The Importance of Reading for Education

A child sitting at a desk reading a book, image used for Robert Peters blog on education

Reading is one of the most basic parts of day-to-day life, from tasks for school to reading street signs to shopping to browsing the internet. No matter what kind of job you have, some kind of reading will be necessary. Countries with higher literacy rates are generally better off and the people are happier. Studies have shown that those who commit crimes are more likely to have a lower literacy rate. People who read for pleasure achieve greater success in life. There are plenty of reasons why reading is vital to education, whether a formal education or a more general one that applies to life. Students should be encouraged to read because it’ll benefit them in endless ways.

Improves all kinds of comprehension

Overall, reading improves a child’s comprehension skills. The more someone reads, the better they get at picking up on context clues and interpreting specific language and actions. These comprehension skills extend into the real world as well, along with other topics. With great comprehension skills comes success in school and life because you’re able to pick up on small cues that help you interpret a situation or event.

Reading is a part of life

Like I mentioned earlier, basically any career path someone pursues involves a certain amount of reading, even if it’s just to read instructions or training materials. In addition to your career, it’s necessary to be able to read when filling out forms, like taxes, a lease, or a contract for any kind of service. Without strong reading skills, you can end up with financial issues or miss an important deadline or opportunity.

Teaches empathy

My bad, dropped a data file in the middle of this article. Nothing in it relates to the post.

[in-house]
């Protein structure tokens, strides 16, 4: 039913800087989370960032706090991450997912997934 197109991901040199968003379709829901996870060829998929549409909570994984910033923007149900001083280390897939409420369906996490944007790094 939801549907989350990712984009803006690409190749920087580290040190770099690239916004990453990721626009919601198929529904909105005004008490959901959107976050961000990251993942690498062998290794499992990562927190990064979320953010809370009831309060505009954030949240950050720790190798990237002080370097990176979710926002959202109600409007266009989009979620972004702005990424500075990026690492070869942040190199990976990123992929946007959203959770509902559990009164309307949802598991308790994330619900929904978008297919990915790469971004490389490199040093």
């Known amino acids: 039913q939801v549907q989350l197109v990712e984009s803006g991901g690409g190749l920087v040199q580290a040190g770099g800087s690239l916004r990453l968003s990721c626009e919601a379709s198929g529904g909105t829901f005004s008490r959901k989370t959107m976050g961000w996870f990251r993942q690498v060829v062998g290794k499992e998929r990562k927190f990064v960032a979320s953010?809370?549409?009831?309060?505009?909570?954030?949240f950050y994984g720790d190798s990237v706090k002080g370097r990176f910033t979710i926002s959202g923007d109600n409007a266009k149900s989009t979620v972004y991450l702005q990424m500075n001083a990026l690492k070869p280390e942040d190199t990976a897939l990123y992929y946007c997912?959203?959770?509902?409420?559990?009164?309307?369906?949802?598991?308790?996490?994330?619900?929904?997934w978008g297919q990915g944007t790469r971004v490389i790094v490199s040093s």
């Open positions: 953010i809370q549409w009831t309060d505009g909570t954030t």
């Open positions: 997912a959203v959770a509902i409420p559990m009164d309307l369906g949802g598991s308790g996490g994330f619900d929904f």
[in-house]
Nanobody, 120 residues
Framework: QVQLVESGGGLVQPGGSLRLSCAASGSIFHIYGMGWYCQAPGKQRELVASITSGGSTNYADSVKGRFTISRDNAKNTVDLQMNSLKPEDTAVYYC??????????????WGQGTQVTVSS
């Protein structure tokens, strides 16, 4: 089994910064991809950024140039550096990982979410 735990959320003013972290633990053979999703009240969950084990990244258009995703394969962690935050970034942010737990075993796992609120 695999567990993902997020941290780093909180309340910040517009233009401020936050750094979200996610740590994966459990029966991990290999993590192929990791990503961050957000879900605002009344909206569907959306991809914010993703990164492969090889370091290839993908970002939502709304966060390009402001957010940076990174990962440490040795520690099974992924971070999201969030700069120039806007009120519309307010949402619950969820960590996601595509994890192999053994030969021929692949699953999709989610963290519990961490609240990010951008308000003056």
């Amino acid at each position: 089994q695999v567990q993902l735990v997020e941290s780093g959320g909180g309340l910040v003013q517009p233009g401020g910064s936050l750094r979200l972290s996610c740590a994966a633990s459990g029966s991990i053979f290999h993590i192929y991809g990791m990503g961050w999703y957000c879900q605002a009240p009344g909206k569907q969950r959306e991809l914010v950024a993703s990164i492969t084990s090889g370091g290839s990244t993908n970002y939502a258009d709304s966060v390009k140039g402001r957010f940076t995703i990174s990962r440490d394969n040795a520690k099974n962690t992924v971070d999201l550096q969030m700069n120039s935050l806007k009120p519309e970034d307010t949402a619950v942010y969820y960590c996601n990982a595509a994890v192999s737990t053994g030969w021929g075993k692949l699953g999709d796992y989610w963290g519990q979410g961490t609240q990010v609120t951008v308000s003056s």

Reading creates more empathetic individuals, especially readers of fiction. When people read fiction, areas of their brain respond to what characters experience as though they’re experiencing the events themselves. As people become more empathetic, it’s easier for them to relate to other people and connect with them, which leads to more open-minded individuals. Empathy is a trait people could use more of, so for this reason alone, we should encourage children to be reading.

Helps communication

Reading teaches students to communicate better with other people from all backgrounds of life. With significant amounts of reading comes a larger vocabulary and greater understanding of how to connect with other people, because of the example set in novels. Readers learn how to connect with other people and convey their thoughts and emotions.

Expands imagination

People who read a lot are generally more creative and have a stronger imagination. When you read fiction, you have to use your mind to picture what the world and characters look like and to visualize the action. This use of imagination spills over into other areas of your life and makes you a more creative individual with a strong imagination.

Learn something new

Reading is the best way to learn something new. Simply by reading any kind of book, you’re exposing yourself to a new story or theory. In a novel, you may learn more about an event or way of life, even if it’s fictional. However, there are also plenty of nonfiction books for you to read that will teach you about various different subjects or fun facts.

Keep Your Students Learning Over Summer Vacation with These Simple Steps

blue background with cartoon books lined up along the bottom, image used for Robert Peters blog on how to keep your students learning all summer long